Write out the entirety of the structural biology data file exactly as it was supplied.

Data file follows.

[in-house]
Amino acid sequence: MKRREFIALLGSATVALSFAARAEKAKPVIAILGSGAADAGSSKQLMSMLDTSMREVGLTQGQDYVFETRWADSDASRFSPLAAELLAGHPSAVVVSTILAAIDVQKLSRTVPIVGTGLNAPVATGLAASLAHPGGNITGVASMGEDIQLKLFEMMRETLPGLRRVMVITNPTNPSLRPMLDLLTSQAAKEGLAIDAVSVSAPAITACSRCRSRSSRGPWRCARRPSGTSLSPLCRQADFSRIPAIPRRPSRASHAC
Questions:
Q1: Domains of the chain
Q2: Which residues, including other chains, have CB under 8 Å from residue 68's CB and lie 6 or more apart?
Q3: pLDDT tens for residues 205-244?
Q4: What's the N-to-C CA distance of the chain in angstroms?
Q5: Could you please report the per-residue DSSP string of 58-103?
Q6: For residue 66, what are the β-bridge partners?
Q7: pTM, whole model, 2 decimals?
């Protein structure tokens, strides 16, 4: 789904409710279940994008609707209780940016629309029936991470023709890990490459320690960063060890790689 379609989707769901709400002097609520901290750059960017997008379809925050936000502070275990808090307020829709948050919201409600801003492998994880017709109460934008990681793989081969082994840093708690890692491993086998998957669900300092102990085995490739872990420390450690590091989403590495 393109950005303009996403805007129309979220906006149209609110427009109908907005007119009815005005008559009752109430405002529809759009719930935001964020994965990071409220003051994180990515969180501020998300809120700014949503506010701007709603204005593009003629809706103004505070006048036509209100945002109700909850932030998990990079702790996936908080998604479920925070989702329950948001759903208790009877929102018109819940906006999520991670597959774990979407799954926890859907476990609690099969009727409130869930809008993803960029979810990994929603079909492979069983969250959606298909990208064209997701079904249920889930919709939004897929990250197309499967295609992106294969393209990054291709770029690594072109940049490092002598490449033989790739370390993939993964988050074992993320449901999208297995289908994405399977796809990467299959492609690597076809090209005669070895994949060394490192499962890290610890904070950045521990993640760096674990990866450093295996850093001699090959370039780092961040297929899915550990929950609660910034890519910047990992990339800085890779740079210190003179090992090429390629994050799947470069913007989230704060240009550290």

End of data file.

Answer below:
[in-house]
Amino acid sequence: MKRREFIALLGSATVALSFAARAEKAKPVIAILGSGAADAGSSKQLMSMLDTSMREVGLTQGQDYVFETRWADSDASRFSPLAAELLAGHPSAVVVSTILAAIDVQKLSRTVPIVGTGLNAPVATGLAASLAHPGGNITGVASMGEDIQLKLFEMMRETLPGLRRVMVITNPTNPSLRPMLDLLTSQAAKEGLAIDAVSVSAPAITACSRCRSRSSRGPWRCARRPSGTSLSPLCRQADFSRIPAIPRRPSRASHAC
Questions:
Q1: Domains of the chain
Q2: Which residues, including other chains, have CB under 8 Å from residue 68's CB and lie 6 or more apart?
Q3: pLDDT tens for residues 205-244?
Q4: What's the N-to-C CA distance of the chain in angstroms?
Q5: Could you please report the per-residue DSSP string of 58-103?
Q6: For residue 66, what are the β-bridge partners?
Q7: pTM, whole model, 2 decimals?
């Protein structure tokens, strides 16, 4: 789904409710279940994008609707209780940016629309029936991470023709890990490459320690960063060890790689 379609989707769901709400002097609520901290750059960017997008379809925050936000502070275990808090307020829709948050919201409600801003492998994880017709109460934008990681793989081969082994840093708690890692491993086998998957669900300092102990085995490739872990420390450690590091989403590495 393109950005303009996403805007129309979220906006149209609110427009109908907005007119009815005005008559009752109430405002529809759009719930935001964020994965990071409220003051994180990515969180501020998300809120700014949503506010701007709603204005593009003629809706103004505070006048036509209100945002109700909850932030998990990079702790996936908080998604479920925070989702329950948001759903208790009877929102018109819940906006999520991670597959774990979407799954926890859907476990609690099969009727409130869930809008993803960029979810990994929603079909492979069983969250959606298909990208064209997701079904249920889930919709939004897929990250197309499967295609992106294969393209990054291709770029690594072109940049490092002598490449033989790739370390993939993964988050074992993320449901999208297995289908994405399977796809990467299959492609690597076809090209005669070895994949060394490192499962890290610890904070950045521990993640760096674990990866450093295996850093001699090959370039780092961040297929899915550990929950609660910034890519910047990992990339800085890779740079210190003179090992090429390629994050799947470069913007989230704060240009550290």